• Stephen Rawls helped refine the image processing code and distance calculations.
  • Youssef Barhomi created image processing stuff for the Kwarqs in 2012, and some of the ideas from that code were copied.

The included images were obtained from various places:

  • Linda Donoghue created the robot image
  • The fantastic lighted rocker switches were created by Keith Sereby, and are distributed with permission.
  • The green buttons were obtained via google image search, I don’t recall where

Download it on my FRC resources page!

Notepad++ plugin to enable unindent on backspace key

Monday, December 3rd, 2012

When I first started using editors, I was a tabs person. I always set the tab size to 4 since I liked the way that looked, and used tabs instead of spaces. And it wasn’t really a philosophical reason behind it, it was very simple actually:

I really hate hitting backspace 4 times to unindent

Seems simple enough. Yes, I know you can use SHIFT-BACKSPACE or other voodoo to make it work, but I want to hit *one* key.

Because of this, I always used 4-space tabs instead of inserting spaces instead of tabs. However, at some point I started writing a project in python, and python tends to encourage spaces vs tabs. Notepad++ is my favorite editor, so I decided to write a plugin for Notepad++ to make using spaces a lot less annoying — and in particular, to make it so that when I hit backspace, it would magically eat the spaces back to the next indentation level.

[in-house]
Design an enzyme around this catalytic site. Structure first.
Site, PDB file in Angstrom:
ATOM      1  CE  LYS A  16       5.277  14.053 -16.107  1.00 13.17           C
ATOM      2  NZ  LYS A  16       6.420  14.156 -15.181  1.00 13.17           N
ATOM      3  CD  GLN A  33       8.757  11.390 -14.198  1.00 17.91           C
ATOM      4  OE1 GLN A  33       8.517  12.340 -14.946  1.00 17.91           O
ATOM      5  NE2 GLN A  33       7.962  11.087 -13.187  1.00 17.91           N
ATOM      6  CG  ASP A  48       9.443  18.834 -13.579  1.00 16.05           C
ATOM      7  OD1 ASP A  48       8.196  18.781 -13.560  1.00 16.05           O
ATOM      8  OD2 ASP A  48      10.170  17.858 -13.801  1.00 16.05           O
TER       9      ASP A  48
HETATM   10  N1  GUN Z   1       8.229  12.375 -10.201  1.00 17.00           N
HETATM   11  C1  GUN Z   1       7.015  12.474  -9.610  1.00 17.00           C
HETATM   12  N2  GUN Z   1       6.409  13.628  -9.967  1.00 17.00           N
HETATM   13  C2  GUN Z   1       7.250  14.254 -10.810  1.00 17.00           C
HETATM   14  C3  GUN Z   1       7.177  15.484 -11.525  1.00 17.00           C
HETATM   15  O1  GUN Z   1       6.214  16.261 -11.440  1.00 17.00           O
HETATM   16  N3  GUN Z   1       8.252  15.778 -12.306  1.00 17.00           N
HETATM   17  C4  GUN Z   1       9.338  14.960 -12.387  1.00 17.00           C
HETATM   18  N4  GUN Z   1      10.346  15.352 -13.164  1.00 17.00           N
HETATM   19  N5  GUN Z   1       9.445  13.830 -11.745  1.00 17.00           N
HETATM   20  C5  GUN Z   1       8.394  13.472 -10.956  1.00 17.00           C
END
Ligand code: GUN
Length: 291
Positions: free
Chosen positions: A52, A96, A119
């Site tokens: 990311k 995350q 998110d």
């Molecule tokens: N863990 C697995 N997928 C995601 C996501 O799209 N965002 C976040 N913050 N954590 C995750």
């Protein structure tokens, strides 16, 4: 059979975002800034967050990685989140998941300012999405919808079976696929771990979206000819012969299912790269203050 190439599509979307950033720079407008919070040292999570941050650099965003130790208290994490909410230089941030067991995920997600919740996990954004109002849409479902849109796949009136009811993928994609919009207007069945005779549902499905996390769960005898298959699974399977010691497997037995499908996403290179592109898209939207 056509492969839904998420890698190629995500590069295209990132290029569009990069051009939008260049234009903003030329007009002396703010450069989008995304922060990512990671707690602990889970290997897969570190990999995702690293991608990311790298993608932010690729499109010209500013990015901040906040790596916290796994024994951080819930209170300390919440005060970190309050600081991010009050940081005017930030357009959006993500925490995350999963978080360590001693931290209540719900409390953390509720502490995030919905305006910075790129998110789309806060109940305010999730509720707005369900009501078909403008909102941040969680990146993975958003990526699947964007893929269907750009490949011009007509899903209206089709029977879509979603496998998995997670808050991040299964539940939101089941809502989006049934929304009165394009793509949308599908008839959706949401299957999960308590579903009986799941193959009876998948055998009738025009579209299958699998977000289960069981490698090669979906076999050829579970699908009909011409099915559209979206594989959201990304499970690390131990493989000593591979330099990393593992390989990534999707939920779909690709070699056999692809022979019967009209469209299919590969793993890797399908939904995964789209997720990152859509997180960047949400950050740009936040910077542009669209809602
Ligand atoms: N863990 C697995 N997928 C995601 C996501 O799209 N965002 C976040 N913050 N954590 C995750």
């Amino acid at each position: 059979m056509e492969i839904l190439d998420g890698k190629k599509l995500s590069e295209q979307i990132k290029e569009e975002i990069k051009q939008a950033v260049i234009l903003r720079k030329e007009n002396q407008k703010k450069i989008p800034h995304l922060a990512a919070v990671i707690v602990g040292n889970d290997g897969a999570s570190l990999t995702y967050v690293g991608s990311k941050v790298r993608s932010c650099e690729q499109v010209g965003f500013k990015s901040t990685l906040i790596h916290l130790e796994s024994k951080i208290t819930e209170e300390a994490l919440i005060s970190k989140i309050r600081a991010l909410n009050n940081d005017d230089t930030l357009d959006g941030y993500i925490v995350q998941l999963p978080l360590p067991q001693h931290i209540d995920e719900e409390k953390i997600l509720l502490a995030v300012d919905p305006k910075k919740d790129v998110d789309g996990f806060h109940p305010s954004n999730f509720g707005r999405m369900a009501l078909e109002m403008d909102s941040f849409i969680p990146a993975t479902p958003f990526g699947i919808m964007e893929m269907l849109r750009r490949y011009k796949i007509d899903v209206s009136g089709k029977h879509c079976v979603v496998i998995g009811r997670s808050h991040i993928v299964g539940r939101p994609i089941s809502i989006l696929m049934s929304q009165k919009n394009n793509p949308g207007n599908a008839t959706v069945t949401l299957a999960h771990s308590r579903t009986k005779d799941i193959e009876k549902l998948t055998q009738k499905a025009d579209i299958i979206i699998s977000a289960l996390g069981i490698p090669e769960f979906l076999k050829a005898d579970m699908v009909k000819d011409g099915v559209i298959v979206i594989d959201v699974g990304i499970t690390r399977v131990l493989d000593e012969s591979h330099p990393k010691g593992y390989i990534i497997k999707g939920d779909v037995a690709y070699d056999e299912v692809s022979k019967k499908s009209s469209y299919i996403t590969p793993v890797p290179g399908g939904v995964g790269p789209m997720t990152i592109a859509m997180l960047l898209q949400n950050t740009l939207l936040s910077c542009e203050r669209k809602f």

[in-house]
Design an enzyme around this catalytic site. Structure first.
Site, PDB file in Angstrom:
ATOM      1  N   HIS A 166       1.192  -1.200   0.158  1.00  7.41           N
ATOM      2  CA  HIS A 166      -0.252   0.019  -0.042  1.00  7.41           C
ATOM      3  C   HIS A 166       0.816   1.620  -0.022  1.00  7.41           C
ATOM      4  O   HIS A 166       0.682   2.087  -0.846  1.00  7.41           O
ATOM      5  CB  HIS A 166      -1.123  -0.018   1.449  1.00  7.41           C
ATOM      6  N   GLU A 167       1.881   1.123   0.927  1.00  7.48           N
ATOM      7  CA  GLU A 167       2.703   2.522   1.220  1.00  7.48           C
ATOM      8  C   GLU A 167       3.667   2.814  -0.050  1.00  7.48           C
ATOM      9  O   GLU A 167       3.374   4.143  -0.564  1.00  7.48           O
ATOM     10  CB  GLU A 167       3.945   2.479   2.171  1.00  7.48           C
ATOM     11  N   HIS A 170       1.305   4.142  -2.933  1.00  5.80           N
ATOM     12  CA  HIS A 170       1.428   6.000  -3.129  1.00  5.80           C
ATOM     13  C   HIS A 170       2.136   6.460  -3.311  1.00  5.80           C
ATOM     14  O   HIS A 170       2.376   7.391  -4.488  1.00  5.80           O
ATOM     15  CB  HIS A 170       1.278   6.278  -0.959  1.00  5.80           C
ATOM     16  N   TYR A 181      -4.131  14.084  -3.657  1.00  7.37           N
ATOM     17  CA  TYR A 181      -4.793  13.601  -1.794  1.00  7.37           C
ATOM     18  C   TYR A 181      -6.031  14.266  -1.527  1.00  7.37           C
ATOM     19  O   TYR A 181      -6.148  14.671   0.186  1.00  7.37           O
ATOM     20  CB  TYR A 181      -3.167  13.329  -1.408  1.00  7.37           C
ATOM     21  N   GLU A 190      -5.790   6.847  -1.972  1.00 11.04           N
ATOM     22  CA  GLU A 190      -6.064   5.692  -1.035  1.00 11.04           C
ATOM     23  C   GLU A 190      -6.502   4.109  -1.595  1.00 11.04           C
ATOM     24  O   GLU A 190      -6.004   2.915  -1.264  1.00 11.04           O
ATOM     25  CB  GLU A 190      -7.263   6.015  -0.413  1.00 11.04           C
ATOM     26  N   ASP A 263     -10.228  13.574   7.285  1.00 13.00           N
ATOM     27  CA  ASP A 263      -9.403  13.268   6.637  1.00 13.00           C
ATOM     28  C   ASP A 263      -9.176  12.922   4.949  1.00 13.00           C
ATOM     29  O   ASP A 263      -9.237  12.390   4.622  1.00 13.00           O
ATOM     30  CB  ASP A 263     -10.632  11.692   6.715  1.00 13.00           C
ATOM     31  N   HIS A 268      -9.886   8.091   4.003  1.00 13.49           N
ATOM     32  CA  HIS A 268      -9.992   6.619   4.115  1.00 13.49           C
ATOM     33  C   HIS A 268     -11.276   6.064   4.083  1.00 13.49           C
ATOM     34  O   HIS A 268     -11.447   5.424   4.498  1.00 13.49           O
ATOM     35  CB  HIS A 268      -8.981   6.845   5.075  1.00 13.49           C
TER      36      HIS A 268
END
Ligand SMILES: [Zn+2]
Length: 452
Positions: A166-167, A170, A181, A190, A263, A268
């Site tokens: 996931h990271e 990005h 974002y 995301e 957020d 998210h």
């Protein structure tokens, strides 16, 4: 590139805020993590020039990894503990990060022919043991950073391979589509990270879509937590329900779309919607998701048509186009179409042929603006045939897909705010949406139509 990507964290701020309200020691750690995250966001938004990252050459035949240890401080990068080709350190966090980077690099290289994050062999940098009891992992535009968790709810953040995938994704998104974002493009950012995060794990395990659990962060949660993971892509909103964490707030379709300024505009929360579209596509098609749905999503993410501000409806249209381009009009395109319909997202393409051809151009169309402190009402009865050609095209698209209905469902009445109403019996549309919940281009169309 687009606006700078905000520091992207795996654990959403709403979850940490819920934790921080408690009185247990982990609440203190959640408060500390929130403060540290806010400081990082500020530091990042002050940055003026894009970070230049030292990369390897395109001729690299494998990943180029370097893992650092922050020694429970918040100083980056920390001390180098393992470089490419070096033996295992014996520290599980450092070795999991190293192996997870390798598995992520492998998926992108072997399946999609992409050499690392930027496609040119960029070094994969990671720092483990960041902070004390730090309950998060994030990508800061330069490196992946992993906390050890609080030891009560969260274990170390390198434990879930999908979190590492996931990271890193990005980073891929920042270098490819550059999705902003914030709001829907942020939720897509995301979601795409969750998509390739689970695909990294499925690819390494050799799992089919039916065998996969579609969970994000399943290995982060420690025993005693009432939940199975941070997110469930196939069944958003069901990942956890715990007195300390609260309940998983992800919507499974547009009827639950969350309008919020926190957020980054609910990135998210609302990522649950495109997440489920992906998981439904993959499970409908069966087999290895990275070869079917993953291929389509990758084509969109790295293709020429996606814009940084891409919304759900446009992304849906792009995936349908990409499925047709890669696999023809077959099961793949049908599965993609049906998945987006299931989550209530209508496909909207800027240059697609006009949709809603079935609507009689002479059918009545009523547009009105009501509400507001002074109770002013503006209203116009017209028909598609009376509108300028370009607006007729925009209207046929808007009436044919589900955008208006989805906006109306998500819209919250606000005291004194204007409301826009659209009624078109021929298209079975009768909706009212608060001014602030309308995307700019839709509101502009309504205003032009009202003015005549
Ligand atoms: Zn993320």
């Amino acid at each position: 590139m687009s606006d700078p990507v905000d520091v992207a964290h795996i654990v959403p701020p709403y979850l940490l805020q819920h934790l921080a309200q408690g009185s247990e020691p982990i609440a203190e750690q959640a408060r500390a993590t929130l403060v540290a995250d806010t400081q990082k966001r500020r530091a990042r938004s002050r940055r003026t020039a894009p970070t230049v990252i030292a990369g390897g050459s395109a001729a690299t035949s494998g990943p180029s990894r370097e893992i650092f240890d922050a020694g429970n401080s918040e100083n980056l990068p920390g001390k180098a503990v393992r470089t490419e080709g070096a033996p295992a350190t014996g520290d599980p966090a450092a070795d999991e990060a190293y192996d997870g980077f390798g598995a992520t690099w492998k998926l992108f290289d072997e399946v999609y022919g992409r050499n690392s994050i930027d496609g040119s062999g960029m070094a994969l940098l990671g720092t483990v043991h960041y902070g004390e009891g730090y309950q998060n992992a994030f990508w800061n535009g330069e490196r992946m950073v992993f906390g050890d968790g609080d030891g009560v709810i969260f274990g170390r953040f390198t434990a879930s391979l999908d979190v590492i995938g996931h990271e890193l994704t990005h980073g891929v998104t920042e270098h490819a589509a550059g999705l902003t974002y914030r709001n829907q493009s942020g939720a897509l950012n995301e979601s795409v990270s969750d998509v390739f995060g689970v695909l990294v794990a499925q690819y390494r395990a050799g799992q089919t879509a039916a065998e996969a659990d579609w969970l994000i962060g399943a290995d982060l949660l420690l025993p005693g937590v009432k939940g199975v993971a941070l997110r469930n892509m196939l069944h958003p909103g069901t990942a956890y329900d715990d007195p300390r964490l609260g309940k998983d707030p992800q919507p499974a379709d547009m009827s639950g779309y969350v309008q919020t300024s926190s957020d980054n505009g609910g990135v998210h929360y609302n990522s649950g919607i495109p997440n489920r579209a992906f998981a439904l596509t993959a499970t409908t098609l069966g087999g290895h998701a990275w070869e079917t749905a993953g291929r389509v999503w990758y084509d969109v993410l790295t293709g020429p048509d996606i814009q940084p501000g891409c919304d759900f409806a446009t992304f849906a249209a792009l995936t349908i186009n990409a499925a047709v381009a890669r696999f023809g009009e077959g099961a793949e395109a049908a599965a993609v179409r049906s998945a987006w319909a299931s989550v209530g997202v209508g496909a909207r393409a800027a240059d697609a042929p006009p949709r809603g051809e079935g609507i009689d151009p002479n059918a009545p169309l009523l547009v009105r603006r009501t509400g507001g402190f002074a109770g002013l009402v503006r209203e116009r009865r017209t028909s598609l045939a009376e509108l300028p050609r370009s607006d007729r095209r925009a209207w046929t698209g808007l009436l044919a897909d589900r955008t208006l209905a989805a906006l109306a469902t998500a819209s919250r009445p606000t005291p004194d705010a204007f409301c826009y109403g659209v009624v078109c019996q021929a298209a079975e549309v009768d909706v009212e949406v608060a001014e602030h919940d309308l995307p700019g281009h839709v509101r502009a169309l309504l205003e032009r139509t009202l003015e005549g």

In the process of trying to do this, I discovered that the Scintilla editing component actually has this functionality built-in — you just need to enable SCI_SETBACKSPACEUNINDENTS on the editor component. So I took the sample plugin for Notepad++ and added two lines of code that enabled this functionality, and it works great! Ever since then, I’ve used spaces instead of tabs, since I really can’t tell the difference — and that’s how I like it 🙂

I actually wrote this thing a rather long time ago, and never got around to actually cleaning it up and releasing it. I’ve decided to release it in its present form, since it’s so useful and very simple. It would be even better if Notepad++ had an option to enable this, but this works just as well until that happens.